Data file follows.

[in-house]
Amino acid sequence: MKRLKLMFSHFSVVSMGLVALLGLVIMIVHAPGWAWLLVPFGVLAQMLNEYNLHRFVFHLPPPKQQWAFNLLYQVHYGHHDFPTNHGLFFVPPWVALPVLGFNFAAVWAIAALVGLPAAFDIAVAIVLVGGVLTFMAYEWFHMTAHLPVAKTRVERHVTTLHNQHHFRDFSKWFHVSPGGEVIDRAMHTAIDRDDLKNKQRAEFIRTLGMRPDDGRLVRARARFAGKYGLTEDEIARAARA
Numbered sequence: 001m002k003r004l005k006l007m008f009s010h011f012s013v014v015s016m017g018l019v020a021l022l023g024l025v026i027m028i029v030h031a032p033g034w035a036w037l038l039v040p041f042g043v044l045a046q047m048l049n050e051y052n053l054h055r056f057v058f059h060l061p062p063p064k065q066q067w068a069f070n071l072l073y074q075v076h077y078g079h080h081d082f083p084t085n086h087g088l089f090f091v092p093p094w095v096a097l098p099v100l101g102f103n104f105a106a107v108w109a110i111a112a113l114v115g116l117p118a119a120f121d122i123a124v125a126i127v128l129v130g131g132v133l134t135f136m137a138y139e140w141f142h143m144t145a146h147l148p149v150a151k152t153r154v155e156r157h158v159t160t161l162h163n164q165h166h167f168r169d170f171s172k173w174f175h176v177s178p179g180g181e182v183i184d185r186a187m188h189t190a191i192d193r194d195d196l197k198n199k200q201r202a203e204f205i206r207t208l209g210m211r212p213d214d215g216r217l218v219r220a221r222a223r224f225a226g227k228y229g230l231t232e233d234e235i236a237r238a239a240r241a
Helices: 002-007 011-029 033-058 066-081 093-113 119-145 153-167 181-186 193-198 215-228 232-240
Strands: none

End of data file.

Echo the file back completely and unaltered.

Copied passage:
[in-house]
Amino acid sequence: MKRLKLMFSHFSVVSMGLVALLGLVIMIVHAPGWAWLLVPFGVLAQMLNEYNLHRFVFHLPPPKQQWAFNLLYQVHYGHHDFPTNHGLFFVPPWVALPVLGFNFAAVWAIAALVGLPAAFDIAVAIVLVGGVLTFMAYEWFHMTAHLPVAKTRVERHVTTLHNQHHFRDFSKWFHVSPGGEVIDRAMHTAIDRDDLKNKQRAEFIRTLGMRPDDGRLVRARARFAGKYGLTEDEIARAARA
Numbered sequence: 001m002k003r004l005k006l007m008f009s010h011f012s013v014v015s016m017g018l019v020a021l022l023g024l025v026i027m028i029v030h031a032p033g034w035a036w037l038l039v040p041f042g043v044l045a046q047m048l049n050e051y052n053l054h055r056f057v058f059h060l061p062p063p064k065q066q067w068a069f070n071l072l073y074q075v076h077y078g079h080h081d082f083p084t085n086h087g088l089f090f091v092p093p094w095v096a097l098p099v100l101g102f103n104f105a106a107v108w109a110i111a112a113l114v115g116l117p118a119a120f121d122i123a124v125a126i127v128l129v130g131g132v133l134t135f136m137a138y139e140w141f142h143m144t145a146h147l148p149v150a151k152t153r154v155e156r157h158v159t160t161l162h163n164q165h166h167f168r169d170f171s172k173w174f175h176v177s178p179g180g181e182v183i184d185r186a187m188h189t190a191i192d193r194d195d196l197k198n199k200q201r202a203e204f205i206r207t208l209g210m211r212p213d214d215g216r217l218v219r220a221r222a223r224f225a226g227k228y229g230l231t232e233d234e235i236a237r238a239a240r241a
Helices: 002-007 011-029 033-058 066-081 093-113 119-145 153-167 181-186 193-198 215-228 232-240
Strands: none